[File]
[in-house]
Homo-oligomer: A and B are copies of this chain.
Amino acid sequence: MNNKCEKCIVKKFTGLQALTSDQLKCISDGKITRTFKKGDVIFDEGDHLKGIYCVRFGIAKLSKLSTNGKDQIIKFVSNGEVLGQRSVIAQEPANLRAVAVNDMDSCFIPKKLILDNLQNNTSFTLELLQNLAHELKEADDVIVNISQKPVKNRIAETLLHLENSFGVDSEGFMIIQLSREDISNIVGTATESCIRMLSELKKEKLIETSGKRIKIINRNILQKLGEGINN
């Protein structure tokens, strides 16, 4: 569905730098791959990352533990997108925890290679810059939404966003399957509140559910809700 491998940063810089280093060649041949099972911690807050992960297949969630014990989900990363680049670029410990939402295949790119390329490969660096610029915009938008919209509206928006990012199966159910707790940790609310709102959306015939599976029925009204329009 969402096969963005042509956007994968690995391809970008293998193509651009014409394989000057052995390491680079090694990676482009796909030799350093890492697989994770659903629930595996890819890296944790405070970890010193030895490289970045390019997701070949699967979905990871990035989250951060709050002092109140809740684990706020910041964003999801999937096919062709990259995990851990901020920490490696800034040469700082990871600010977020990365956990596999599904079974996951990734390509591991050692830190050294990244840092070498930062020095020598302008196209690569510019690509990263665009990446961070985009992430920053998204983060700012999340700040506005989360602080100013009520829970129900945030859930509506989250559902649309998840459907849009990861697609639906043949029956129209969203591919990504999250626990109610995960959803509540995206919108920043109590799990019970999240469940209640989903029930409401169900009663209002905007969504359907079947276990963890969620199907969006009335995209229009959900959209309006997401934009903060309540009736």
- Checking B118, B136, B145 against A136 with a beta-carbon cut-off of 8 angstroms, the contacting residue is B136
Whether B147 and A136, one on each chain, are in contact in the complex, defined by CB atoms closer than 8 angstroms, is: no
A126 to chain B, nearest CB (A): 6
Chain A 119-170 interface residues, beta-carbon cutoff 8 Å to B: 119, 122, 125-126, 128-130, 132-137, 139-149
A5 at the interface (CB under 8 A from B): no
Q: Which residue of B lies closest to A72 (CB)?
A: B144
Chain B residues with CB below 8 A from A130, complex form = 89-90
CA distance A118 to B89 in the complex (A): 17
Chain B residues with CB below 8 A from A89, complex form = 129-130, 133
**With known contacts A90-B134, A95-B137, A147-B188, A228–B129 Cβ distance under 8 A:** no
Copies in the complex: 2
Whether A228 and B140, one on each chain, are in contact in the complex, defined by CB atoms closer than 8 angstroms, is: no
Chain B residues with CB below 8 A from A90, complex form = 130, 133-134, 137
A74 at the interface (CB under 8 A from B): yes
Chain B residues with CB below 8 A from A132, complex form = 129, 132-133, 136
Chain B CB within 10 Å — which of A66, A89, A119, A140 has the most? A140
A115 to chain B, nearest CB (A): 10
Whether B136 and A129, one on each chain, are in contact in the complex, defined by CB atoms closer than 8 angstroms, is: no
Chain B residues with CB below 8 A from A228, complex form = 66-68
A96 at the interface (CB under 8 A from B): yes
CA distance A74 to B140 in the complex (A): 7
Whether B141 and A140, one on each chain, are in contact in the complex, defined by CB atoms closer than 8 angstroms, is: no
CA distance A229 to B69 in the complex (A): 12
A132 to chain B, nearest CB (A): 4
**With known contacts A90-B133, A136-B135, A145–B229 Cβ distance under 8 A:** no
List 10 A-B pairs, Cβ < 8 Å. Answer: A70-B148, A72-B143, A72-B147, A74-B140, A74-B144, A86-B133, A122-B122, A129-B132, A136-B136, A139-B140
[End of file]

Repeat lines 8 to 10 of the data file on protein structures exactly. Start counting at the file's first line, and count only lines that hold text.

Chain A 119-170 interface residues, beta-carbon cutoff 8 Å to B: 119, 122, 125-126, 128-130, 132-137, 139-149
A5 at the interface (CB under 8 A from B): no
Q: Which residue of B lies closest to A72 (CB)?